The mill of VerneuilThe mill in Verneuil, in Seine et Marne, is fortunate to be located next to one of the silos of the Valfrance cooperative. To take advantage of this proximity, a strip connecting the silo of the cooperative directly to our mill was designed in 1983.

This overhead conveyor belt, similar to a conveyor belt, is 150 meters long. Four to five times a week, this conveyor belt allows the transport of batches of 200 tons, that is to say between 800 and 1000 tons of wheat per week. The reception rate is 100 tons per hour.

Thus the supply via this band represents 45% of the wheat that we receive each year at the mill of Verneuil.

This electric band is a further step in our environmental approach. Indeed, this supply system allows us to reduce the transit by truck and to favour the purchase of wheat from nearby.

Quality control of wheat

Before and after the arrival of the wheat in our mills, controls are carried out. They allow us to ensure our customers a constant quality quality of flour as much at the organoleptic level as at the food safety level.

David Angelini, QSE manager, José Torres, supply manager and Gwenaëlle Merlo, product quality manager, explain how these control processes take place at the Marseille mill.

"A sample of everything that goes in and everything that comes out is analyzed." Jose Torres

A first quality control before delivery

When we schedule a wheat supply, whatever the mode of transport, the storage organization sends us a representative sample of the batch that will be delivered to validate it. If this one is validated, the wheat can then take the road.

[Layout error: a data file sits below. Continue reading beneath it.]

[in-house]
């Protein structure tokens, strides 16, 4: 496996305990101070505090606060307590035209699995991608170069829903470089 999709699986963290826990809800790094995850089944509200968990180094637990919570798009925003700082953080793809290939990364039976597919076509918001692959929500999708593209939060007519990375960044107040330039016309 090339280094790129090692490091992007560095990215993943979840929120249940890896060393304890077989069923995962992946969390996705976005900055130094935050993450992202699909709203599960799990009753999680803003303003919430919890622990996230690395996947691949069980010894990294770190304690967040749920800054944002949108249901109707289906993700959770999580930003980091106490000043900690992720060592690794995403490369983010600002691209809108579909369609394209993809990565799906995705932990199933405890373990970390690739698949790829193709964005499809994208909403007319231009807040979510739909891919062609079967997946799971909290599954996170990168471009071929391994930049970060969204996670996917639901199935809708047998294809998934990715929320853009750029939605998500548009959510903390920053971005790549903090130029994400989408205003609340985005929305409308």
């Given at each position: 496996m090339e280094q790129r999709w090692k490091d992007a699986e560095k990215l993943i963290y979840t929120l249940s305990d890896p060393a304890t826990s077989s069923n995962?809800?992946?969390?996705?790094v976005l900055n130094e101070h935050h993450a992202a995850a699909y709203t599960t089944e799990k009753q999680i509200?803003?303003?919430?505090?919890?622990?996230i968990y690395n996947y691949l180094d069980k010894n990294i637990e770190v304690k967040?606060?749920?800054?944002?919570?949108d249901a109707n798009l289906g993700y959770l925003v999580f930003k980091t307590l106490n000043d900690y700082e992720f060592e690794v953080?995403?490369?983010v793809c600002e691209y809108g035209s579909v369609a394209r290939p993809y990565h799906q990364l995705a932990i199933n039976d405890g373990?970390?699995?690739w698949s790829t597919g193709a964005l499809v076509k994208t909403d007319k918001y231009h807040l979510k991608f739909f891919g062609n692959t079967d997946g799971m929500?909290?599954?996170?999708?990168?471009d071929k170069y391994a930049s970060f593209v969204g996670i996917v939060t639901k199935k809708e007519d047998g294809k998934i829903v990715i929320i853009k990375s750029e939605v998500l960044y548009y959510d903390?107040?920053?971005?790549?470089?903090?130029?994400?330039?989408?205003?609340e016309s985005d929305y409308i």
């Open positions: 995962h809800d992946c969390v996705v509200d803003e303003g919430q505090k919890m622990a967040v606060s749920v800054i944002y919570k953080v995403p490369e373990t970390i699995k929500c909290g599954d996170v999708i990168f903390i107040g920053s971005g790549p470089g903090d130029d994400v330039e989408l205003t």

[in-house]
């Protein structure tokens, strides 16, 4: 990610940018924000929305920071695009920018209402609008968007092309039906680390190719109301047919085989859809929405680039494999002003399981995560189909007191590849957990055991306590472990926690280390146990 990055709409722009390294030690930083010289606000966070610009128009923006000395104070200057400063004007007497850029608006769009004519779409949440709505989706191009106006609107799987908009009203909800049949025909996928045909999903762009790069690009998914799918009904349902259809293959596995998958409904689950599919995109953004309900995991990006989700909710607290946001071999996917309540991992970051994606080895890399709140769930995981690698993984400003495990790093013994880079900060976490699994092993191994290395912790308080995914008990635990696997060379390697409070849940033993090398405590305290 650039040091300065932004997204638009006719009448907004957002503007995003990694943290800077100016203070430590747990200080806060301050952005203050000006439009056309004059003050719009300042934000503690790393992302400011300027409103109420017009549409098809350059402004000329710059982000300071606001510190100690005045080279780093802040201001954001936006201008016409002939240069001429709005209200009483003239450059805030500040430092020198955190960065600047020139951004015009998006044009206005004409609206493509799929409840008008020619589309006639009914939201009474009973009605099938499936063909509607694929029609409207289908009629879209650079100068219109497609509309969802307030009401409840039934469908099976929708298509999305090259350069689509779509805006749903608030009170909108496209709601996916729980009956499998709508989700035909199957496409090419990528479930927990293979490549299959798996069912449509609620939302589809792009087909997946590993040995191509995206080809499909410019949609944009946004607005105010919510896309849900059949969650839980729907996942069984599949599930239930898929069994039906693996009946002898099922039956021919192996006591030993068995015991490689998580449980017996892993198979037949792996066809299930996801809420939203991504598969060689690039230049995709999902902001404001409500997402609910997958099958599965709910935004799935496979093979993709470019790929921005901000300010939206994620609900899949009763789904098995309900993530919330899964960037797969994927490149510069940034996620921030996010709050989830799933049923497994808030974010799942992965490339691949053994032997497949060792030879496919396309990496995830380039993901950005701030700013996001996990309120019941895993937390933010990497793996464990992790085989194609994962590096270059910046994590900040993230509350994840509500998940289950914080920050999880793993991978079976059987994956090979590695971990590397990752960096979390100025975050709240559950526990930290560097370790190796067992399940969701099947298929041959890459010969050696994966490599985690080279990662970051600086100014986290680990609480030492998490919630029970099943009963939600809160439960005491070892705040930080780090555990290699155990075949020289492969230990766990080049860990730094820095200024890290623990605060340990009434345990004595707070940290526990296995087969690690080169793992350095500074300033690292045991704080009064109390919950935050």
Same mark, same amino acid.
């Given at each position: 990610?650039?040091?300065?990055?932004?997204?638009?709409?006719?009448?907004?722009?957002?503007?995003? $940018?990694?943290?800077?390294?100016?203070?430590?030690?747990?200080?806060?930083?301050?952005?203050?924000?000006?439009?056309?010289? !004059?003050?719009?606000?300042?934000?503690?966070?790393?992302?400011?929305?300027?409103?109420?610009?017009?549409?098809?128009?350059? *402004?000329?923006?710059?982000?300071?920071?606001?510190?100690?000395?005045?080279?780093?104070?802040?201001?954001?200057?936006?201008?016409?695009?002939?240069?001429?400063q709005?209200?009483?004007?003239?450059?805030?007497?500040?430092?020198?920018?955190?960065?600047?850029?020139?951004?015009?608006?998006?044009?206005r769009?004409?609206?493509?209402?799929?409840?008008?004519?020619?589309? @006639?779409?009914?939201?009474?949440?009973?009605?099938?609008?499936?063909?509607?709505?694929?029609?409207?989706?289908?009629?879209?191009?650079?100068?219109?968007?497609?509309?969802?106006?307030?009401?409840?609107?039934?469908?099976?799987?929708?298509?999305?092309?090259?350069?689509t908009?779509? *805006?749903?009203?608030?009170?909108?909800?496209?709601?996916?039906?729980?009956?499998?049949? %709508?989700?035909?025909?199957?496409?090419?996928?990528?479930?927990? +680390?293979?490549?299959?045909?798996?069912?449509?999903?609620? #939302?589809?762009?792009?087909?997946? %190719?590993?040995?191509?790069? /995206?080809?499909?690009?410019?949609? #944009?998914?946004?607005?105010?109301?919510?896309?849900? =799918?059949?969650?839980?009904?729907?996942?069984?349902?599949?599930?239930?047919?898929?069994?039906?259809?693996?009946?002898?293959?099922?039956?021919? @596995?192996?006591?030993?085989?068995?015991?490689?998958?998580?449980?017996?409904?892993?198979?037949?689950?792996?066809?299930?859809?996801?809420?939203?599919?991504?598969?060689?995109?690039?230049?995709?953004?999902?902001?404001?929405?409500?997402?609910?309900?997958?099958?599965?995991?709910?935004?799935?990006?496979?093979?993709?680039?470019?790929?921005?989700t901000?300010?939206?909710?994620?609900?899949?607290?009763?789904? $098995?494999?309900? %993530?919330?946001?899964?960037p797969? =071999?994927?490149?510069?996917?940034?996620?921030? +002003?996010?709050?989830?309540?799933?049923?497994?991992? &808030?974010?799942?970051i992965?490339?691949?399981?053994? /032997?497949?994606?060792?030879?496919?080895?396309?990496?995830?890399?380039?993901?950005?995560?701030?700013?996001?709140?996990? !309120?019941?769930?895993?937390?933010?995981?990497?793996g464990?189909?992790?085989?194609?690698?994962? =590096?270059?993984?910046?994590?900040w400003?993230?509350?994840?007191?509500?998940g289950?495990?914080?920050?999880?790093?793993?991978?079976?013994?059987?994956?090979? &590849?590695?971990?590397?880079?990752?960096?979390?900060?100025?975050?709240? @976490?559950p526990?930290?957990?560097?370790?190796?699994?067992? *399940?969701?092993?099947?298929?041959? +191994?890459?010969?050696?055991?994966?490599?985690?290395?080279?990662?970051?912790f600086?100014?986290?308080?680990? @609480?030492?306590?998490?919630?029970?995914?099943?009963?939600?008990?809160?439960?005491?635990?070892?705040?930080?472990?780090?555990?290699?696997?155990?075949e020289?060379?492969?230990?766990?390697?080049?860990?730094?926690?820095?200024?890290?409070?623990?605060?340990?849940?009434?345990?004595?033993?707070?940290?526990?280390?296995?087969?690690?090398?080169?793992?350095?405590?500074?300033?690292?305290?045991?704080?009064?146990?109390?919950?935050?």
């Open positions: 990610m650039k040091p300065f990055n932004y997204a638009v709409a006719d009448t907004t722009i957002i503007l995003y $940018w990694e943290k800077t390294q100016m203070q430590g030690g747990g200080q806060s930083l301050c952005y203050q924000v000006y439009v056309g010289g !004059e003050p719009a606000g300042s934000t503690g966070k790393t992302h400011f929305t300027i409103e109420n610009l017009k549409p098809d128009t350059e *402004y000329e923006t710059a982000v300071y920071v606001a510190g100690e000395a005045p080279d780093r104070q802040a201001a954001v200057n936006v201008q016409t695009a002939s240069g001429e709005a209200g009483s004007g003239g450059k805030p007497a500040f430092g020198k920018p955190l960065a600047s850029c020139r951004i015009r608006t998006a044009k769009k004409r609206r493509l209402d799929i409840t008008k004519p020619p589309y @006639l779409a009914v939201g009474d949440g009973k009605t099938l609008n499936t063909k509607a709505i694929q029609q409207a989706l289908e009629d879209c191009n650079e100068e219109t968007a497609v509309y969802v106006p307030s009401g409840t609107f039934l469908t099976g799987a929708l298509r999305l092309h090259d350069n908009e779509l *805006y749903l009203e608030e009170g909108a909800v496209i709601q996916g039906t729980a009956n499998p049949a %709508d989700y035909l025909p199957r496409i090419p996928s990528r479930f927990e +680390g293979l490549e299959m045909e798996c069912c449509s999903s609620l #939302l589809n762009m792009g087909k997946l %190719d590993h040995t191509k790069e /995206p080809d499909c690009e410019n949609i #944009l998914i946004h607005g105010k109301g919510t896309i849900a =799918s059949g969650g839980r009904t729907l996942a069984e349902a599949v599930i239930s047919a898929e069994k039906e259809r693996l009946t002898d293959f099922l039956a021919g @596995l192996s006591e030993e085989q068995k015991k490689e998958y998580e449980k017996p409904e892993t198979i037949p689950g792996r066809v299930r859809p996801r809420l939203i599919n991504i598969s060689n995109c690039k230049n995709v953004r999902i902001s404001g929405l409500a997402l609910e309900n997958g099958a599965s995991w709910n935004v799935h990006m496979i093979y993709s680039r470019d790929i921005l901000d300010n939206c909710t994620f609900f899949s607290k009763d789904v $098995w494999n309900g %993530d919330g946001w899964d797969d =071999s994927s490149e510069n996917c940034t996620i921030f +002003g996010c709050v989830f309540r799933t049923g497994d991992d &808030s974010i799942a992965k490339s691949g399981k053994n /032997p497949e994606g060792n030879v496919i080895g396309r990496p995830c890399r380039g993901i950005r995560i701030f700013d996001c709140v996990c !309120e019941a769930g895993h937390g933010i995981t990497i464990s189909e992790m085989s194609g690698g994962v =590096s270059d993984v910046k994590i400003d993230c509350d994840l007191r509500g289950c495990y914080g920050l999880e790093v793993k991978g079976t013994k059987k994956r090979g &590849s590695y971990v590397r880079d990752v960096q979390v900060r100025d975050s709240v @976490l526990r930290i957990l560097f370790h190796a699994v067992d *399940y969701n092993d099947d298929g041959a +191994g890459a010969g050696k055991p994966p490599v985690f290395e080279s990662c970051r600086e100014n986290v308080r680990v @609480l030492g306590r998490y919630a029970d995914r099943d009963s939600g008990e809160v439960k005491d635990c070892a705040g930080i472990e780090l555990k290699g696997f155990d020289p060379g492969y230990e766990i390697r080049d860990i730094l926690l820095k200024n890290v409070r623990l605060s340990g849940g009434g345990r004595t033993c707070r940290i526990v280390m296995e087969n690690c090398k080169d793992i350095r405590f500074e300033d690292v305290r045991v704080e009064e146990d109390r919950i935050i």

In order to secure our supplies by train (considering the volumes received each week), a pre-control of the loading from the cooperative is carried out by an approved control organization, which makes it possible to secure and follow the loading before its reception.

A second check before unloading

Regardless of how the wheat is transported to the mill, a sample is always checked upon arrival: an initial visual inspection and a sifting process are used to check for impurities and insects. Then, a control with an infrared system allows to check the temperature, the humidity and the specific weight of the wheat.

If the sample does not conform, the batch of wheat does not enter the mill. If not, the unloading can take place and further controls are then carried out in the laboratory.

Throughout the harvest, in order to meet regulatory requirements, our wheat and flour are subject to specific analytical monitoring through our Food Safety Plan (FSP).

Regular laboratory controls of wheat quality

During this stage, several samples from the same batch are brought to the laboratory and then rapidly transformed into flour in a so-called trial mill. This is aminiature mill that allows a small quantity of wheat to be ground and the resulting flour to be analyzed .

There are several types of analysis to be carried out according to the wheat delivered. For hard wheat, we carry out a physico-chemical analysis and a rheological analysis. Wheat suitable for bread-making will be subjected to the same analyses as well as to an additional technical analysis.

The physico-chemical analysisallows to control the humidity, the ash rate and the falling time (germination index of the wheat).

Rheological analysisThe rheological analysis, using an alveograph, measures the baking value of a flour to ensure the quality of the flours.

These first two analyses are performed by laboratory technicians.

Technological analysisThe technological analysis consists in subjecting the flour to all the stages of bread-making: kneading, fermentation, relaxation, shaping, resting and baking. The breadmaking test determines the baking quality of pure wheat varieties or blends, it allows to optimize a formulation and controls the aptitude of a flour to be marketed.

This last analysis is performed by a test baker.

All these analyses allow us to to ensure consistency in the quality of the flour that we produce.

Focus on new crops:

At the time of the new harvest, the cooperatives send samples to each of our mills to be analyzed.nalyzedby our quality teams. From these analyses, we can draws trends and advice for our artisanal bakers, which we group together in what we call thebakers in what we call the Harvest Letter.